Flower: 5 glossy yellow petals on furrowed stalks, up to 2.5cm wide and with spreading sepals. Fruit: A cluster of achenes, no larger than half a centimetre across. Leaves: The palmate leaves are variable but have 3 to 7 deeply cut lobes. The end lobe is unstalked.

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Atlas Cedar

Flower: Erect male flowers, up to 5cm tall. Flowers are green early in the year and later become brown. Fruit: The fruit are the cones. The female cones are light green and 1cm in size. The barrel-shaped male cones are flat-topped and grow up to 8cm long. The cones appear from October to December. Leaves: A very distinctive species with its tufts of silvery bluish-green needles. Each tuft carries between 30 and 45 needles. Not often found growing wild in the UK as it rarely self-seeds.

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Bird Cherry

Flower: Flowers very different than Wild Cherry. Cream-white, 5 petals, up to 1.5cm. Fruit: Very dark red cherries appear on some trees during autumn in the UK. Leaves: Deciduous tree. The oval and hairless, pointed leaves have serrated margins. Bird Cherry can be distinguished from Wild Cherry by the fine, sharp serrations on its leaf margins and the 2 nectar glands...

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Wild Cherry

Flower: White, sometimes tinged green, 5 petals and red anthers. Flowers are bunched together. Fruit: Numerous small red cherries on long stalks, turning black later. Leaves: Deciduous. Oval, pointed, dark green leaves with serrated, or sometimes double serrated leaf margins. The leaf stalks are long and individual leaves can grow up to 12cm long. The leaves in autumn turn...

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Sweet Chestnut

Flower: Pale yellow catkins, up to 30cm long. Trees with all males catkins, or males with females at the base. Fruit: A shiny brown nut encased inside a green, prickly shell. The fruits are called 'Sweet Chestnuts'. Leaves: Deciduous tree. Alternate leaves which are long, lanceolate and pointed with saw-like teeth. Leaf veins are prominent. The leaves are up to 25cm long which is probably the largest leaf of any wild tre...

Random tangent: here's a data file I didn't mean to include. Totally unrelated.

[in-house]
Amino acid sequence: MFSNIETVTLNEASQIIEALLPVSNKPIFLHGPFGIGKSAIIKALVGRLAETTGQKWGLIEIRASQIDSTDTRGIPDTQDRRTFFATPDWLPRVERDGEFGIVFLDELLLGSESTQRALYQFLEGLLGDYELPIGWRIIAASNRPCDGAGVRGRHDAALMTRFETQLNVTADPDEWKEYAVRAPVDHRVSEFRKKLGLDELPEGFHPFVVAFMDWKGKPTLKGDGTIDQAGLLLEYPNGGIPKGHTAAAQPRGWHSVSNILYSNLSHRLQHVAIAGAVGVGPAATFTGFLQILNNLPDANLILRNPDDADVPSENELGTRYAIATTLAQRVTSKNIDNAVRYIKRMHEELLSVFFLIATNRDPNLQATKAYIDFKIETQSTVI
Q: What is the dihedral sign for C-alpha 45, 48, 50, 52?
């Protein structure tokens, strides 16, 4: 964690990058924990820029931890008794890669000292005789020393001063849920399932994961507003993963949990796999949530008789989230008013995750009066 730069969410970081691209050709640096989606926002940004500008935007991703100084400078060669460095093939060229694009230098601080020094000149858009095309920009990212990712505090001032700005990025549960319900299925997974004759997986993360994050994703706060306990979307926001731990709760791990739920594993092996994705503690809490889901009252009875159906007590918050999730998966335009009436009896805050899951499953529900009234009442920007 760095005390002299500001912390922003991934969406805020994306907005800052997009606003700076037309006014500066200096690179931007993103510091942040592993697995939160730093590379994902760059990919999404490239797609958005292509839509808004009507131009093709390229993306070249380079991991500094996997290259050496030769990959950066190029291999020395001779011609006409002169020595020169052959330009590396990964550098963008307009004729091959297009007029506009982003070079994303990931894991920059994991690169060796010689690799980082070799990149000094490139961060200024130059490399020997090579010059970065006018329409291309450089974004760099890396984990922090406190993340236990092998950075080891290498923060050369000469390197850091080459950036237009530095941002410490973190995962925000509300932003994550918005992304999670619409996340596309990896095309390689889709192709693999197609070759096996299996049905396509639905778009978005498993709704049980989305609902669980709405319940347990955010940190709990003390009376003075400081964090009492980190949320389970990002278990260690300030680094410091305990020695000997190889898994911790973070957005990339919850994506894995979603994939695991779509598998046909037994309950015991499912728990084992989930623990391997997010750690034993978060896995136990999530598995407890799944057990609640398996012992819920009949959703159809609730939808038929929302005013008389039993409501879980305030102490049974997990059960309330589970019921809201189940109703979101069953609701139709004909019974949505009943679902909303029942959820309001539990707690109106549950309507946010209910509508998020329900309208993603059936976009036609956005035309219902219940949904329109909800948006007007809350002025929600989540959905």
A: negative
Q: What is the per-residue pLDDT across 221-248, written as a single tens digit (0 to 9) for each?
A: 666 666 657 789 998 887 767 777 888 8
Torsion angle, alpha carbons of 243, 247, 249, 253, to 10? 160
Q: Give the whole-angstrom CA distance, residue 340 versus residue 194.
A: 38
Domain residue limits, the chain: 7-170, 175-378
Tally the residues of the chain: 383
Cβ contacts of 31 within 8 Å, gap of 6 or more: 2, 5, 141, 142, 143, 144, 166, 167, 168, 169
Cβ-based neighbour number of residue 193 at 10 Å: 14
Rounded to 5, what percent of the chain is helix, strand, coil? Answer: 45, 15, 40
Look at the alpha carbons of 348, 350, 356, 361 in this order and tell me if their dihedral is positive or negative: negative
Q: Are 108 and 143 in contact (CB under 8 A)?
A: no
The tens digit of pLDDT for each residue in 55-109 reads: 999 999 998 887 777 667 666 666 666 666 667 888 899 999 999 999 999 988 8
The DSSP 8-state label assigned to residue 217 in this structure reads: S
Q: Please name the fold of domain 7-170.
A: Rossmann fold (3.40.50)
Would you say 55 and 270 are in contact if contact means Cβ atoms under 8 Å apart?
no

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Sweet Cicely

Flower: White umbels reaching 6cm wide and no bracts. Individual flowers have 5 petals. Pollinated by insects. Fruit: Long, green, shiny, cylindrical and ribbed. The fruits are erect and about 2cm long. Leaves: Similar looking to Cow Parsley but are softer to the touch. They are 2-4 pinnate with small flecks on close inspection.

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Shrubby Cinquefoil

Flower: Normally 5 bright yellow petals but occasionally orange, white, pink or red. Flowers are saucer-shaped and similar to buttercups. Fruit: The fruit persists throughout winter and is a dry brown nutlet. Leaves: Small pinnate leaves, alternate and hand-shaped with 5 leaflets. Leaflets are linear.

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Common Corn-cockle

Flower: Trumpet-shaped, reddish-purple flowers, 5cm across. The flowers have 5 long, narrow sepal teeth which extend well beyond the petals. Pollinated by bees. Fruit: An egg-shaped capsule with numerous black seeds. The seeds ripen in August and September. Leaves: Softly hairy, long and narrow leaves, in opposite pairs along the stems. In the British Isles, Corn-cockle was once an abundant arable weed (in cornfields) and is now extinct in the wild but is often ...